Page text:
figure ar59188.f3
Figure 3 Comparison of age‐ and sex‐adjusted terminal restriction fragment (TRF) length by HLA‐DRB1 status in RA cases and controls. DR1, *0101, *0102; DR4, *0401, *0404, *0408; neg, ...


Patients with RA have reduced life expectancy. Recently, this observation has been attributed to an excess of cardiovascular deaths.14 Telomere length is a putative marker of biological age and has been shown to be reduced in WBC from patients with age‐related diseases such as Alzheimer's dementia,15 atherosclerosis10 and hypertension,16 and also to be associated with early mortality in the elderly in some17 but not all18 studies. Two previous studies have suggested that telomere length is reduced in RA.6,19 Our data, based on a larger dataset than either of the previously published studies, show two important findings: (1) that WBC telomere length declines in a linear fashion in both RA cases and controls, in contrast with the findings of Koetz et al6; (2) that age‐ and sex‐adjusted WBC telomere length in RA cases is considerably shorter than in controls. The difference is equivalent to 15 times the annualised rate of WBC telomere length loss in age‐adjusted controls extrapolated from cross‐sectional data.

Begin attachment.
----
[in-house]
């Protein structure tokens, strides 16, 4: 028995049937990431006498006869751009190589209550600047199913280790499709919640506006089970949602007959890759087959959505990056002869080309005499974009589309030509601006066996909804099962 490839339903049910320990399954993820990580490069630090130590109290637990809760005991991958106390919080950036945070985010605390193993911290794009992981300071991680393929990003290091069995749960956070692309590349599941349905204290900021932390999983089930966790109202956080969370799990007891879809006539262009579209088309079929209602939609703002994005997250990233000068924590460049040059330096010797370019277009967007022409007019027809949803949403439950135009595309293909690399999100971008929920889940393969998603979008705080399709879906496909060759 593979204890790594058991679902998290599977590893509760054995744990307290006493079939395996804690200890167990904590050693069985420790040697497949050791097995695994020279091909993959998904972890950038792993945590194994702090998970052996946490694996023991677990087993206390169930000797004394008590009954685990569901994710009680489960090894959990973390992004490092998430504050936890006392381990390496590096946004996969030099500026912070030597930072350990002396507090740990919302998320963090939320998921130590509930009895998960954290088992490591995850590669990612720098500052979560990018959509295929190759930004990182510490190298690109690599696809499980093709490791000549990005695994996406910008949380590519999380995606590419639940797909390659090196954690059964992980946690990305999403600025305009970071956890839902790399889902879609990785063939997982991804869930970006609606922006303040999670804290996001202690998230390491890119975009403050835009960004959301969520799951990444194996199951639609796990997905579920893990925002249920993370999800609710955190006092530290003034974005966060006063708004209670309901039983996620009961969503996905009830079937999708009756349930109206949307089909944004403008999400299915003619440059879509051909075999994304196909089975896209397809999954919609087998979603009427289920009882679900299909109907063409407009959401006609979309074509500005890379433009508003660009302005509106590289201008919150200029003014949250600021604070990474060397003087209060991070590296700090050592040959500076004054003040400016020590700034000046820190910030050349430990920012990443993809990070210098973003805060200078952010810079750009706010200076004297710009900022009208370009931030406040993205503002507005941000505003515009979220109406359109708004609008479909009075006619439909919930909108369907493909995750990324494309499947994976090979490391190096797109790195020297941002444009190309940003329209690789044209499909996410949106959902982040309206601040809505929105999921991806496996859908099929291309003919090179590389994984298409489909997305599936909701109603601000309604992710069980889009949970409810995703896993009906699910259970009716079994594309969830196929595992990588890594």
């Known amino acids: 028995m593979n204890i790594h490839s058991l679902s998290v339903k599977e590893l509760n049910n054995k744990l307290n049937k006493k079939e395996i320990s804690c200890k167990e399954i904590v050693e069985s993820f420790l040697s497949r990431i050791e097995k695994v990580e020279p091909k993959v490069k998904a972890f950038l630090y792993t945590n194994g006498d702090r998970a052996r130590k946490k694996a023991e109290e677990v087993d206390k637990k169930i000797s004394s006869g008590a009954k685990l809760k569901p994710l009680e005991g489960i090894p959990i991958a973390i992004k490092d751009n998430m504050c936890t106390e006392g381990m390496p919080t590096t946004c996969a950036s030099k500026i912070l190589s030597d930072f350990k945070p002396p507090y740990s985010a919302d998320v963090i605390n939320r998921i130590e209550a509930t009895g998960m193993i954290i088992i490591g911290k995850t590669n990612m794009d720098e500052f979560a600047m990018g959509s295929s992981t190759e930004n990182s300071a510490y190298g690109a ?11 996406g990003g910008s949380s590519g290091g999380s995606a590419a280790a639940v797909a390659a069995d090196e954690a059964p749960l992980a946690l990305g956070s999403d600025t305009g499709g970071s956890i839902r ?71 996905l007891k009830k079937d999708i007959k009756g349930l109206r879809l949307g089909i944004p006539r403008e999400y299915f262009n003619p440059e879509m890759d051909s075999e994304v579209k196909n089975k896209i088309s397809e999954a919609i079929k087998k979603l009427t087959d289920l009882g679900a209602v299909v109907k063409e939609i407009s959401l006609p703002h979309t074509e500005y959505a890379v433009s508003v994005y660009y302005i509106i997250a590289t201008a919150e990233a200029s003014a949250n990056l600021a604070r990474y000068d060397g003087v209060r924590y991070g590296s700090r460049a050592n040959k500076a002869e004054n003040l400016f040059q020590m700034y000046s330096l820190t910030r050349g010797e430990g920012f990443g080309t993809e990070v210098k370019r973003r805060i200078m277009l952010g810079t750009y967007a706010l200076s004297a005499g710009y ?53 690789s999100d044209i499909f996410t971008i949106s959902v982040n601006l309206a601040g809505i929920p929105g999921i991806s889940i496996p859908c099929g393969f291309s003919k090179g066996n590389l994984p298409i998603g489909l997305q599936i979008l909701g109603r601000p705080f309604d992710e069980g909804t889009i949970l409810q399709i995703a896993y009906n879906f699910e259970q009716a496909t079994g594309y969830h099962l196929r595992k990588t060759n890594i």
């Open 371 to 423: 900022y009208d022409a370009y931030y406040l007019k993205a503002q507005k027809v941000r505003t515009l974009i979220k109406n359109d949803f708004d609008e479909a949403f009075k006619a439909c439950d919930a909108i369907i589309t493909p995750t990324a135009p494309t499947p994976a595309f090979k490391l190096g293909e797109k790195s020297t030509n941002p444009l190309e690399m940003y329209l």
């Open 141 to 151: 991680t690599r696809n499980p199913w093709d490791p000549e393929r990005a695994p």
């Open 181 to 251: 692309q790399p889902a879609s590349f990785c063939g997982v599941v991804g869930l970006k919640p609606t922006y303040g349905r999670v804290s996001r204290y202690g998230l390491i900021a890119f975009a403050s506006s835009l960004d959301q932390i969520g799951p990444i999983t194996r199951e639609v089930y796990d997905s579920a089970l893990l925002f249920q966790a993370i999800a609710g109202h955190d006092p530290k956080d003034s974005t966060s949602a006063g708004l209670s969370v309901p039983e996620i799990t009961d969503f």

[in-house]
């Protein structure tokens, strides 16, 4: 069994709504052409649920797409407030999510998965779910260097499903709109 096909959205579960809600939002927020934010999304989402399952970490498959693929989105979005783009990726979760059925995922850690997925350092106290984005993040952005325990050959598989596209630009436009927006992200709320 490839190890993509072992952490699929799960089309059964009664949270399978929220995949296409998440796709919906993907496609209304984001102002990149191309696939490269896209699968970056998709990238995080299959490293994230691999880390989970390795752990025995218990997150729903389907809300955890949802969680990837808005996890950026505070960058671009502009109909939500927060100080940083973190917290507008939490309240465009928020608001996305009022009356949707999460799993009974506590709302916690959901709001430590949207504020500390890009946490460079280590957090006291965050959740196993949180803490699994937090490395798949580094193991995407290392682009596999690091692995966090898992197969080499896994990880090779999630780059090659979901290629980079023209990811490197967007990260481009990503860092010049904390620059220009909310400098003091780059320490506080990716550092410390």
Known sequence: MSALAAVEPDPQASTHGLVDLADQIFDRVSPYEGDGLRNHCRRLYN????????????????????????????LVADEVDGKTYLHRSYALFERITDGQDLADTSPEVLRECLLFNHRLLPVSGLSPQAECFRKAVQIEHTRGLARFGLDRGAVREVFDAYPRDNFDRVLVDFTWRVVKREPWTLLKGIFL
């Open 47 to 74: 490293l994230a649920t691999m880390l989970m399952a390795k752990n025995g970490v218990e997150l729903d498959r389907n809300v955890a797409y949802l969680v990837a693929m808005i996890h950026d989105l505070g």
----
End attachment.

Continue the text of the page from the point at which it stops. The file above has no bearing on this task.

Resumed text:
Our data do not support the hypothesis that inflammation in RA is the predominant factor promoting WBC telomere shortening, but show that telomere length measured cross‐sectionally is reduced independent of RA duration and severity. That the regression lines of TRF length against age for cases and controls are parallel (fig 11)) suggests that this difference in telomere length is present at a young age and it seems not to increase with age. These observations are consistent with reduced WBC telomere length in RA being an early, and possibly disease‐predisposing, process rather than occurring secondary to disease. We note, however, that these tentative conclusions are based on cross‐sectional analysis. Given the wide variation in age‐adjusted WBC telomere length, a longitudinal study focusing on WBC subsets over an extended period would be the ideal design, but for statistical reasons this study is likely to have underestimated, rather than overestimated, changes in telomere length with age.20 All leucocyte subsets contribute to pathogenesis of RA, with both distinct and interacting pathways, and possibly we have failed to detect an isolated reduction in TRF length that is influenced by disease duration in one subset. Furthermore, the findings in leucocytes from the synovium and synovial fluid may be quite distinct from those in peripheral blood, reflecting perhaps selection differences during trafficking to synovial tissue, as well as the hypoxic, highly stressed conditions within the inflamed rheumatoid joint. Investigation of the differences between peripheral and tissue‐specific white cell subpopulations in a longitudinal study may generate further insights into their relative rate of ageing; this combined with detailed studies of the effects of senescence on the functions of the subpopulations5 may help advance our understanding of disease initiation and perpetuation.